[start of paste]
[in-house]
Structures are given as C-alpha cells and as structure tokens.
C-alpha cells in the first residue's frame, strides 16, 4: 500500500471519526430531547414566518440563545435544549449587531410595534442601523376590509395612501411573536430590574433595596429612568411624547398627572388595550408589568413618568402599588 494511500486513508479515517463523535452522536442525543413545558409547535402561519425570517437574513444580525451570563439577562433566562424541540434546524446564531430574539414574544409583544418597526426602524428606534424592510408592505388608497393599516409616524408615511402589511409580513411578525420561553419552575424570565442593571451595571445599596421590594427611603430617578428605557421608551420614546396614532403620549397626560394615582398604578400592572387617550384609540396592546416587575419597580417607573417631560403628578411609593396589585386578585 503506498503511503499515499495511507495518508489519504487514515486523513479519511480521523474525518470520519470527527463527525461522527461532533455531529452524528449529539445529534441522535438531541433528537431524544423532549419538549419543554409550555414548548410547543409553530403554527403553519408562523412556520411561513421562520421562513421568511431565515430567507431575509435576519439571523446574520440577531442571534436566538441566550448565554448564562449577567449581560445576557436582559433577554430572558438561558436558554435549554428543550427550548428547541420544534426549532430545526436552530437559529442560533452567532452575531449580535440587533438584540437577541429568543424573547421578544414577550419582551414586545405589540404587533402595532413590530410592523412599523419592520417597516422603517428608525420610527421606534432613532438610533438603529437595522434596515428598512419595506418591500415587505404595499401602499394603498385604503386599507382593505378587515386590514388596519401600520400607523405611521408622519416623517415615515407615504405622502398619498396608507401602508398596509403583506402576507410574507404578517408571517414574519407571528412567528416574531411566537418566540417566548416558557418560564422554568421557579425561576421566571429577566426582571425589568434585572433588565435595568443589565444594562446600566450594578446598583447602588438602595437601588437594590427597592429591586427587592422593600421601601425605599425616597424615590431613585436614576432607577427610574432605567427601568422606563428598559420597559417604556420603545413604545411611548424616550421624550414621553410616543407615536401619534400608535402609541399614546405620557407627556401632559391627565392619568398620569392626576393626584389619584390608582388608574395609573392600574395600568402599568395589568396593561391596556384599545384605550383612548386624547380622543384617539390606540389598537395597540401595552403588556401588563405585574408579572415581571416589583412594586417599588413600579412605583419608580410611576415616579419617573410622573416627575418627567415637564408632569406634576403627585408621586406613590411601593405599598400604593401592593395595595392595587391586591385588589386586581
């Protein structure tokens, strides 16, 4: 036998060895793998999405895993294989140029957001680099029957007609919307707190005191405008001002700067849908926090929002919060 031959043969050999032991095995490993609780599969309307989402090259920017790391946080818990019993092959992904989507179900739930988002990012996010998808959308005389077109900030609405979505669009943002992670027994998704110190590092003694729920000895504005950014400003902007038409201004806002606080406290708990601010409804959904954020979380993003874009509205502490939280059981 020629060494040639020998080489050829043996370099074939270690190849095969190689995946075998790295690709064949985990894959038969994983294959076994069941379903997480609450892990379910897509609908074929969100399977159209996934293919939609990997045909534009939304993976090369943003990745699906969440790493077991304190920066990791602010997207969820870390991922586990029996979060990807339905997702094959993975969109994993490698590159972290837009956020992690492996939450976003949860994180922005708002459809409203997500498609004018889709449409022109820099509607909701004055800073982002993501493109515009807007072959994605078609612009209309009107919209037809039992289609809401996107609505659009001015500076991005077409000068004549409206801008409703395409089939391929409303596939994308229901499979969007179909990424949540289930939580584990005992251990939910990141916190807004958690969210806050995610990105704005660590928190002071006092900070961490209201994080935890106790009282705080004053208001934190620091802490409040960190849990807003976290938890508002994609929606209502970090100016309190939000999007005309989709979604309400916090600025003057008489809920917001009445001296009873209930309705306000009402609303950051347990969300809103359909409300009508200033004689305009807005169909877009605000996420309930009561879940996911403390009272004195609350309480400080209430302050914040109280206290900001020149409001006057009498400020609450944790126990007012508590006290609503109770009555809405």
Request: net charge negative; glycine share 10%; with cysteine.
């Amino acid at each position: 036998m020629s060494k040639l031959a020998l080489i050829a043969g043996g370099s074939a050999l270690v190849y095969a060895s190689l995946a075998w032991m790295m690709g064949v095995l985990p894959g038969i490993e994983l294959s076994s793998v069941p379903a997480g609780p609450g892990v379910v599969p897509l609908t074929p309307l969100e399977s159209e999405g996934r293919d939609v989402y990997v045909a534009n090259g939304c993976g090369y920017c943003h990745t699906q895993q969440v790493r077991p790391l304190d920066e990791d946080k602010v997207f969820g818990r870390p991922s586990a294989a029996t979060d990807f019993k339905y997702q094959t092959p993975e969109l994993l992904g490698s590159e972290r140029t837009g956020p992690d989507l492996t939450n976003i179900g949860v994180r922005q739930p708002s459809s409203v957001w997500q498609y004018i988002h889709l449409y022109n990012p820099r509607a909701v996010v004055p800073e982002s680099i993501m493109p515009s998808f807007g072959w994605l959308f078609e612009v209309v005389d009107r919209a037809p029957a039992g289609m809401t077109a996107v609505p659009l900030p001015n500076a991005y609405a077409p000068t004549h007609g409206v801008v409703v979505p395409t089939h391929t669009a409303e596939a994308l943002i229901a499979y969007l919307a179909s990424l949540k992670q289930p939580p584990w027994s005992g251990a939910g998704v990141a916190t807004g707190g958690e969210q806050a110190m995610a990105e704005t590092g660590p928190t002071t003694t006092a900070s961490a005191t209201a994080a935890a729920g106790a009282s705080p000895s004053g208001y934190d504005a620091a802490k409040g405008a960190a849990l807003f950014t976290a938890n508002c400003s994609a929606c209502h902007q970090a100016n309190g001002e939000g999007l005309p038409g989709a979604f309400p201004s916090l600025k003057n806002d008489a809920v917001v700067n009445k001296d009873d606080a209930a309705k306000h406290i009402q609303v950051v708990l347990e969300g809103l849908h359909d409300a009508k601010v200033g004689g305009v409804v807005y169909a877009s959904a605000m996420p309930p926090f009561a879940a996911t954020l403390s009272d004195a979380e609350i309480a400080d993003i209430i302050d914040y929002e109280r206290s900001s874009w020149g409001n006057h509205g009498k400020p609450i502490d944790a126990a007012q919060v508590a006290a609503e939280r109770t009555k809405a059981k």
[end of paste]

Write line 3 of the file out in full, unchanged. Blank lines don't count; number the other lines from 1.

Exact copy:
C-alpha cells in the first residue's frame, strides 16, 4: 500500500471519526430531547414566518440563545435544549449587531410595534442601523376590509395612501411573536430590574433595596429612568411624547398627572388595550408589568413618568402599588 494511500486513508479515517463523535452522536442525543413545558409547535402561519425570517437574513444580525451570563439577562433566562424541540434546524446564531430574539414574544409583544418597526426602524428606534424592510408592505388608497393599516409616524408615511402589511409580513411578525420561553419552575424570565442593571451595571445599596421590594427611603430617578428605557421608551420614546396614532403620549397626560394615582398604578400592572387617550384609540396592546416587575419597580417607573417631560403628578411609593396589585386578585 503506498503511503499515499495511507495518508489519504487514515486523513479519511480521523474525518470520519470527527463527525461522527461532533455531529452524528449529539445529534441522535438531541433528537431524544423532549419538549419543554409550555414548548410547543409553530403554527403553519408562523412556520411561513421562520421562513421568511431565515430567507431575509435576519439571523446574520440577531442571534436566538441566550448565554448564562449577567449581560445576557436582559433577554430572558438561558436558554435549554428543550427550548428547541420544534426549532430545526436552530437559529442560533452567532452575531449580535440587533438584540437577541429568543424573547421578544414577550419582551414586545405589540404587533402595532413590530410592523412599523419592520417597516422603517428608525420610527421606534432613532438610533438603529437595522434596515428598512419595506418591500415587505404595499401602499394603498385604503386599507382593505378587515386590514388596519401600520400607523405611521408622519416623517415615515407615504405622502398619498396608507401602508398596509403583506402576507410574507404578517408571517414574519407571528412567528416574531411566537418566540417566548416558557418560564422554568421557579425561576421566571429577566426582571425589568434585572433588565435595568443589565444594562446600566450594578446598583447602588438602595437601588437594590427597592429591586427587592422593600421601601425605599425616597424615590431613585436614576432607577427610574432605567427601568422606563428598559420597559417604556420603545413604545411611548424616550421624550414621553410616543407615536401619534400608535402609541399614546405620557407627556401632559391627565392619568398620569392626576393626584389619584390608582388608574395609573392600574395600568402599568395589568396593561391596556384599545384605550383612548386624547380622543384617539390606540389598537395597540401595552403588556401588563405585574408579572415581571416589583412594586417599588413600579412605583419608580410611576415616579419617573410622573416627575418627567415637564408632569406634576403627585408621586406613590411601593405599598400604593401592593395595595392595587391586591385588589386586581